Come rain, wind or shine, Japan’s electric current will flow
Nation tests methods to harness energy in deep ocean currents, a more stable alternative to solar and wind power
Power-hungry, fossil-fuel dependent Japan has successfully tested a system that could provide a constant, steady form of renewable energy, regardless of the wind or the sun.
For more than a decade, Japanese heavy machinery maker IHI has been developing a subsea turbine that harnesses the energy in deep ocean currents and converts it into a steady and reliable source of electricity. The giant machine resembles an aeroplane, with two counter-rotating turbine fans in place of jets, and a central “fuselage” housing a buoyancy adjustment system. Called Kairyu, the 330-ton prototype is designed to be anchored to the sea floor at a depth of 30-50m.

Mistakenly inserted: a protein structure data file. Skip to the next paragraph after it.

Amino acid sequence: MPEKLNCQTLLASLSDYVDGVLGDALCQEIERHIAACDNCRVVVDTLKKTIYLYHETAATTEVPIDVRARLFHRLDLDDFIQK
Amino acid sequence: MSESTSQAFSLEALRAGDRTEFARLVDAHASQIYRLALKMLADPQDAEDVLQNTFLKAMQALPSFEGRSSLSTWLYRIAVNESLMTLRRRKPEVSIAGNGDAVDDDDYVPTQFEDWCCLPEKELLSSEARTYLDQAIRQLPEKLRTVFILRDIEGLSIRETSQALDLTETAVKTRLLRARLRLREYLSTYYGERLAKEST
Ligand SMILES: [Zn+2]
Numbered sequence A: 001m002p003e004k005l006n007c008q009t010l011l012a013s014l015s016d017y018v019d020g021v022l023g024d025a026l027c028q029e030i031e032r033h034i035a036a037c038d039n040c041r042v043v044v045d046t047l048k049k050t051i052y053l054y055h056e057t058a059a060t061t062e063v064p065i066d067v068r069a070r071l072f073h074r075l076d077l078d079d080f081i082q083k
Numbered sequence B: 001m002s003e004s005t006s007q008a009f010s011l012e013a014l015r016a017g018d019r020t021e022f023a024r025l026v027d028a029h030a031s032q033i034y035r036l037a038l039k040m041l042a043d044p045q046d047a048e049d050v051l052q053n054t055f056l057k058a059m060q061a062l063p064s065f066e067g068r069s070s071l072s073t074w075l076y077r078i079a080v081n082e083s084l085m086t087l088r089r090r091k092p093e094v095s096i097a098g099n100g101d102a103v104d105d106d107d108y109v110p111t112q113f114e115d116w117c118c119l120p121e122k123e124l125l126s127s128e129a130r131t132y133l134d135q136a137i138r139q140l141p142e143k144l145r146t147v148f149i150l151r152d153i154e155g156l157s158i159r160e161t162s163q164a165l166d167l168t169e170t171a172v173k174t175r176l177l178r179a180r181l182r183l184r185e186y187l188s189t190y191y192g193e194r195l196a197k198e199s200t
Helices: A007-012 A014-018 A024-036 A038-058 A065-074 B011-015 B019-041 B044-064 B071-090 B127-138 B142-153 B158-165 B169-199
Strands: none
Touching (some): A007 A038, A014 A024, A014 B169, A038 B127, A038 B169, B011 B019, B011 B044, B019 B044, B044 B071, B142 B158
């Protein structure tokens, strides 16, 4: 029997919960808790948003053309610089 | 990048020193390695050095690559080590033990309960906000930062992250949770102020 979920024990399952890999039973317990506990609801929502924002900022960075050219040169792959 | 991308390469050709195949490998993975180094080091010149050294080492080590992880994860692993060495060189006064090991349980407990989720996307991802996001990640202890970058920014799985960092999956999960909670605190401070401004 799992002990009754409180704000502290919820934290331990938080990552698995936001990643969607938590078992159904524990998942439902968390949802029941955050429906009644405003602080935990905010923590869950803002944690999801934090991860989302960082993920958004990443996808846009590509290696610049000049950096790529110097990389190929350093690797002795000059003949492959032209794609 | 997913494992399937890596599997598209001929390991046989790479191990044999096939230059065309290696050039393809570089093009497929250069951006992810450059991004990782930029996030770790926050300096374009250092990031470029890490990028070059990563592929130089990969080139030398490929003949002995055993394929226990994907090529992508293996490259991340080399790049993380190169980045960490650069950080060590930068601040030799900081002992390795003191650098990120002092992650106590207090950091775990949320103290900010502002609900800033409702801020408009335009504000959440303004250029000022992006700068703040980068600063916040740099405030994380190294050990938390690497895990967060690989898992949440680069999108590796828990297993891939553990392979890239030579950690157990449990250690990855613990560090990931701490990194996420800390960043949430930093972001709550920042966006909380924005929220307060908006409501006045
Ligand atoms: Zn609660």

In commercial production, the plan is to site the turbines in the Kuroshio Current, one of the world’s strongest, which runs along Japan’s eastern coast, and transmit the power via seabed cables...